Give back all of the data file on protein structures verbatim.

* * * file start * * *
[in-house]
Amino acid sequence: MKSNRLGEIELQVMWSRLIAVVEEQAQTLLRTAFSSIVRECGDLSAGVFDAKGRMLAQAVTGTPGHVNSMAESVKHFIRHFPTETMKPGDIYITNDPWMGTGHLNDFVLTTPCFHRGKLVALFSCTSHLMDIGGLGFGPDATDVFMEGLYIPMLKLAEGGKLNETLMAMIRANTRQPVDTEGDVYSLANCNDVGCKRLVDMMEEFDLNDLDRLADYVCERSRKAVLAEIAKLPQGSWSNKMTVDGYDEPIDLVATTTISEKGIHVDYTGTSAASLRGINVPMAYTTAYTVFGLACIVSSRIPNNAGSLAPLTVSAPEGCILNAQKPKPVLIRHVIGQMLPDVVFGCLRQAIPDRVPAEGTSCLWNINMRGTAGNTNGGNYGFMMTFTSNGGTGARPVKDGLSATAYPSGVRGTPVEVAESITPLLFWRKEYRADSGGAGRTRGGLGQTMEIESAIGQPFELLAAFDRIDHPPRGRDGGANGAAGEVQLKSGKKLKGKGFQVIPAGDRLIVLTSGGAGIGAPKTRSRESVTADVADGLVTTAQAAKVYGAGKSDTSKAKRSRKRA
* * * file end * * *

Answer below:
[in-house]
Amino acid sequence: MKSNRLGEIELQVMWSRLIAVVEEQAQTLLRTAFSSIVRECGDLSAGVFDAKGRMLAQAVTGTPGHVNSMAESVKHFIRHFPTETMKPGDIYITNDPWMGTGHLNDFVLTTPCFHRGKLVALFSCTSHLMDIGGLGFGPDATDVFMEGLYIPMLKLAEGGKLNETLMAMIRANTRQPVDTEGDVYSLANCNDVGCKRLVDMMEEFDLNDLDRLADYVCERSRKAVLAEIAKLPQGSWSNKMTVDGYDEPIDLVATTTISEKGIHVDYTGTSAASLRGINVPMAYTTAYTVFGLACIVSSRIPNNAGSLAPLTVSAPEGCILNAQKPKPVLIRHVIGQMLPDVVFGCLRQAIPDRVPAEGTSCLWNINMRGTAGNTNGGNYGFMMTFTSNGGTGARPVKDGLSATAYPSGVRGTPVEVAESITPLLFWRKEYRADSGGAGRTRGGLGQTMEIESAIGQPFELLAAFDRIDHPPRGRDGGANGAAGEVQLKSGKKLKGKGFQVIPAGDRLIVLTSGGAGIGAPKTRSRESVTADVADGLVTTAQAAKVYGAGKSDTSKAKRSRKRA